Blattman, Fiala, and Martinez (2018), which examines the nine-year effects of a group-based cash grant program for unemployed youth to start individual enterprises in skilled trades in Northern Uganda, was released today. Those of you well versed in the topic will remember Blattman et al. (2014), which summarized the impacts from the four-year follow-up. That paper found large earnings gains and capital stock increases among those young, unemployed individuals, who formed groups, proposed to form enterprises in skilled trades, and were selected to receive the approximately $400/per person lump-sum grants (in 2008 USD using market exchange rates) on offer from the Northern Uganda Social Action Funds (NUSAF). I figured that a summary of the paper that goes into some minutiae might be helpful for those of you who will not read it carefully – despite your best intentions. I had an early look at the paper because the authors kindly sent it to me for comments.
- The NYTimes Upshot covers an RCT of the Illinois Wellness program, where the authors found no effect, but show that if they had used non-experimental methods, they would have concluded the program was successful.
- Published in August, “many analysts, one data set”, highlighting how many choices are involved in even simple statistical analysis – “Twenty-nine teams involving 61 analysts used the same data set to address the same research question: whether soccer referees are more likely to give red cards to dark-skin-toned players than to light-skin-toned players. Analytic approaches varied widely across the teams, and the estimated effect sizes ranged from 0.89 to 2.93 (Mdn = 1.31) in odds-ratio units. Twenty teams (69%) found a statistically significant positive effect, and 9 teams (31%) did not observe a significant relationship. Overall, the 29 different analyses used 21 unique combinations of covariates.”
- Video of Esther Duflo’s NBER Summer institute lecture on machine learning for empirical researchers; and of Penny Goldberg’s NBER lecture on can trade policy serve as competition policy?
During our August break, there was an interesting discussion on twitter after Scott Cunningham tweeted that “Seems like the focus on identification has crowded out descriptive studies, and sometimes forced what would be otherwise a good descriptive study into being a bad causal study. It's actually probably harder to write a good descriptive study these days. Stronger persuasion req.”
Others quickly pointed to the work by Piketty and Saez, and by Raj Chetty and co-authors that have used large administrative datasets in developed countries to document new facts. A few months earlier, Cyrus Samii set up a thread on descriptive quantitative papers in political science.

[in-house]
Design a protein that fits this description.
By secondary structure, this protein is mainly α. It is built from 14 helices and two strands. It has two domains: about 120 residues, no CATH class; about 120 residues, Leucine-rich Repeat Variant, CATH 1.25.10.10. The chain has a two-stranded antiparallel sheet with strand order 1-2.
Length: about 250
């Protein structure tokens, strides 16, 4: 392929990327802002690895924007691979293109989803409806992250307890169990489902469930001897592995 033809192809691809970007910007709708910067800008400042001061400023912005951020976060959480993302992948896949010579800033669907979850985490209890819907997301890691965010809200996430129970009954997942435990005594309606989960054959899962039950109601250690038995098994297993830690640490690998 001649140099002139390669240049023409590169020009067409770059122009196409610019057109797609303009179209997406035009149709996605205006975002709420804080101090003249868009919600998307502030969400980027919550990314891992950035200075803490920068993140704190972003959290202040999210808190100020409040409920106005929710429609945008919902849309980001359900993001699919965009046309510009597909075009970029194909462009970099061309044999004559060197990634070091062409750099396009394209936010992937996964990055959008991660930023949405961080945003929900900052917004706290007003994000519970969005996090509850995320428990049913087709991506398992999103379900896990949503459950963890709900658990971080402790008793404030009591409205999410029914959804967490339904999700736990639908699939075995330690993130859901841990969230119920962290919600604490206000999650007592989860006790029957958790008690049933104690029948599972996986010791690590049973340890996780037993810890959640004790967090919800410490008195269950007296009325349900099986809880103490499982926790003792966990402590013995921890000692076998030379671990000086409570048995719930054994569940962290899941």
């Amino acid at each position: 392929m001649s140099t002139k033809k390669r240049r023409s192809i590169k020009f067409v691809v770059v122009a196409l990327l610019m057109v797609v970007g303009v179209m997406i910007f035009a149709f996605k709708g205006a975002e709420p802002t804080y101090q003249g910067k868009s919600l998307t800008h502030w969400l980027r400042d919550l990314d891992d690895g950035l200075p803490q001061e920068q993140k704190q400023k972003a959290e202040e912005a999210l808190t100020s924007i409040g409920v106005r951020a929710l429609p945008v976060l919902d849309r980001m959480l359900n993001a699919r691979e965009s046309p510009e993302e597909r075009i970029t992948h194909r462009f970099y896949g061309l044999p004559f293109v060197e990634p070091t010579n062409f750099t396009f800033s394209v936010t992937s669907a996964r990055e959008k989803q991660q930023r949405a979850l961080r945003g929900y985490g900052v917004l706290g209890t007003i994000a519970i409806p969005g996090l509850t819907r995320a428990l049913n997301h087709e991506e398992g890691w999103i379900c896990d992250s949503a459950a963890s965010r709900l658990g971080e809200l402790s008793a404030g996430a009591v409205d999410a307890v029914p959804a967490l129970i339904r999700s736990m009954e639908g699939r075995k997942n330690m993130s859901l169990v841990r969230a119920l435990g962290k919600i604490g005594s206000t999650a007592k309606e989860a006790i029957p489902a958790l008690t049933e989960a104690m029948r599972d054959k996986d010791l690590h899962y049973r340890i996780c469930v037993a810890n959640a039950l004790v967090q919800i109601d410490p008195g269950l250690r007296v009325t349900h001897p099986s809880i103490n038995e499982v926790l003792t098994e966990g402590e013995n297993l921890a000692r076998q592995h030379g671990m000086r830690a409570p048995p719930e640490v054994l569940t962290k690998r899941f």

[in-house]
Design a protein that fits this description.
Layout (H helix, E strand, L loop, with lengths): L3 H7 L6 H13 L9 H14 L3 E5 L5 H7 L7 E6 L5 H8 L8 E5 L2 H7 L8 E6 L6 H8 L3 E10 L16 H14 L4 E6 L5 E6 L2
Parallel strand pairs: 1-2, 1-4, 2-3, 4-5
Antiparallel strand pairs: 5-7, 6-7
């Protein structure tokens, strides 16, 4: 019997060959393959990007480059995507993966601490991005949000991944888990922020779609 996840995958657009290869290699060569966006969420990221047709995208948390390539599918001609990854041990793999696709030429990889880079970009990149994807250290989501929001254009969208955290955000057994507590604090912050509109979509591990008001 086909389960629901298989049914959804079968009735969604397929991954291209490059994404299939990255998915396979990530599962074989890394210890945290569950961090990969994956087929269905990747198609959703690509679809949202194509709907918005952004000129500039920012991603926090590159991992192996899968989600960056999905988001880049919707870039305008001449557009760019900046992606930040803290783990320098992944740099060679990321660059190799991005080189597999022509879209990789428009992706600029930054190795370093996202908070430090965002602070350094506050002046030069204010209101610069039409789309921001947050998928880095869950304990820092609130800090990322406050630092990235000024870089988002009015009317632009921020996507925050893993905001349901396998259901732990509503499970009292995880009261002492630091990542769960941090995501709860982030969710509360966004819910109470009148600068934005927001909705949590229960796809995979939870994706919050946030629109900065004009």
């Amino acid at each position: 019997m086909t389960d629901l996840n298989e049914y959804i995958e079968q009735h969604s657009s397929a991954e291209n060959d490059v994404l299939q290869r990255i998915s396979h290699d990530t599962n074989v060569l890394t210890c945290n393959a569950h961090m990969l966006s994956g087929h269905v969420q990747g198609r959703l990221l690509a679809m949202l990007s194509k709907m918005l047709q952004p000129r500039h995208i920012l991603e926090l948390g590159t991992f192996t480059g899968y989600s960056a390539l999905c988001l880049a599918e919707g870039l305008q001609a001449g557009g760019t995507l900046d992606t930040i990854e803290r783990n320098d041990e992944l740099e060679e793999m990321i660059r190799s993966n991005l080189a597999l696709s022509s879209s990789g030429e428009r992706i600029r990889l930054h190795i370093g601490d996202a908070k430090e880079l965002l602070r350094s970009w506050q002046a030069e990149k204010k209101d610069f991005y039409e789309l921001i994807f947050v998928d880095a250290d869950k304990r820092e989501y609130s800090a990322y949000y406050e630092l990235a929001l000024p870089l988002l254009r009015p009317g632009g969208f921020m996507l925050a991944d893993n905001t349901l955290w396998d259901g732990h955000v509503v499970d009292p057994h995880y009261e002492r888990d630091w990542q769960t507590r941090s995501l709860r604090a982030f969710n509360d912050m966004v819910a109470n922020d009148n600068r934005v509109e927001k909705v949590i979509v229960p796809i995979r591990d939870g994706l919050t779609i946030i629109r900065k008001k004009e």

But the question got me thinking about recent examples of descriptive papers in development – and the question of what it takes for such papers to get published in general interest journals. Here are some examples published over the last ten years, including some very recently:
We are taking a break for August, but we'll back in September with more posts on new methods, new evidence, and new data in the world of impact evaluations. See you soon!
The Development Impact Team
PS We may post an occasional set of links if we get antsy.
Are we doing any good? That’s what donors and organizations increasingly ask, from small nonprofits providing skills training to large organizations funding a wide array of programs. Over the past decade, I’ve worked with a wide array of governments and some non-government organizations to help them figure out if their programs are achieving their desired goals. During those discussions, we spend a lot of time drawing the distinction between impact evaluation and monitoring systems. But because my training is in impact evaluation – not monitoring – my focus tends to be on what impact evaluation can do and on what monitoring systems can’t. That sells monitoring systems short.
Mary Kay Gugerty and Dean Karlan have crafted a valuable book – The Goldilocks Challenge: Right-Fit Evidence for the Social Sector – that rigorously lays out the power of monitoring systems to help organizations achieve their goals. This is crucial. Not every program will or even should have an impact evaluation. But virtually every program has a monitoring system – of one form of another – and good monitoring systems help organizations to do better. As Gugerty and Karlan put it, “the trend to measure impact has brought with it a proliferation of poor methods of doing so, resulting in organizations wasting huge amounts of money on bad ‘impact evaluations.’ Meanwhile, many organizations are neglecting the basics. They do not know if staff are showing up, if their services are being delivered, if beneficiaries are using services, or what they think about those services. In some cases, they do not even know whether their programs have realistic goals and make logical sense.”
- Book reviews
- Matias Cattaneo and co-authors have a draft manuscript on “a practical guide to regression discontinuity designs: volume II”. This includes discussion of a lot of practical issues that can arise, such as dealing with discrete values of the running variable, multiple running variables, and geographic RDs. Stata and R code are provided throughout.
- Great Planet Money podcast on the Poop Cartel – work Molly Lipscomb and co-authors are doing to lower prices for emptying toilets in Senegal.
- A paper on how to improve reproducible workflow – provides an overview of different tools for different statistical software packages, as well as advice on taskflow management, naming conventions, etc.
- J-PAL guide on measuring female empowerment
- Reviewing a paper that you have already reviewed before? This tweet by Tatyana Deryugina offers a good suggestion of using a pdf comparison tool (she suggests draftable) to compare pdfs to see what has changed